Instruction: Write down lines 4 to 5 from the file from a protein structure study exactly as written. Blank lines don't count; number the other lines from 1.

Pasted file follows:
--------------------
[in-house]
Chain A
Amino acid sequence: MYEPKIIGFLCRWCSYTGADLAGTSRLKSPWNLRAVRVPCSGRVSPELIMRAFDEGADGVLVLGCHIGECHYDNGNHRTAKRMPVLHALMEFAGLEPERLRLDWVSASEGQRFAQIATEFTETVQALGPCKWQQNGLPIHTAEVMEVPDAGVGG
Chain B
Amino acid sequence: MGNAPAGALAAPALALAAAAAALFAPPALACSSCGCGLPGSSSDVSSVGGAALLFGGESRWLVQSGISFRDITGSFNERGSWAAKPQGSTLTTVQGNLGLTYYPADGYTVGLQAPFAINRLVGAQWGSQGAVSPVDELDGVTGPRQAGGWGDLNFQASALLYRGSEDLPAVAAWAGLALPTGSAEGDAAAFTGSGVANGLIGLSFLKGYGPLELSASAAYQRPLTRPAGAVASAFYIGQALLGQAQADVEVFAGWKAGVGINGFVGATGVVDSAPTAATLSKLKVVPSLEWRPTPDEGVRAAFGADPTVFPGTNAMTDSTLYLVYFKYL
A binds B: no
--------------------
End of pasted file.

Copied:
Chain B
Amino acid sequence: MGNAPAGALAAPALALAAAAAALFAPPALACSSCGCGLPGSSSDVSSVGGAALLFGGESRWLVQSGISFRDITGSFNERGSWAAKPQGSTLTTVQGNLGLTYYPADGYTVGLQAPFAINRLVGAQWGSQGAVSPVDELDGVTGPRQAGGWGDLNFQASALLYRGSEDLPAVAAWAGLALPTGSAEGDAAAFTGSGVANGLIGLSFLKGYGPLELSASAAYQRPLTRPAGAVASAFYIGQALLGQAQADVEVFAGWKAGVGINGFVGATGVVDSAPTAATLSKLKVVPSLEWRPTPDEGVRAAFGADPTVFPGTNAMTDSTLYLVYFKYL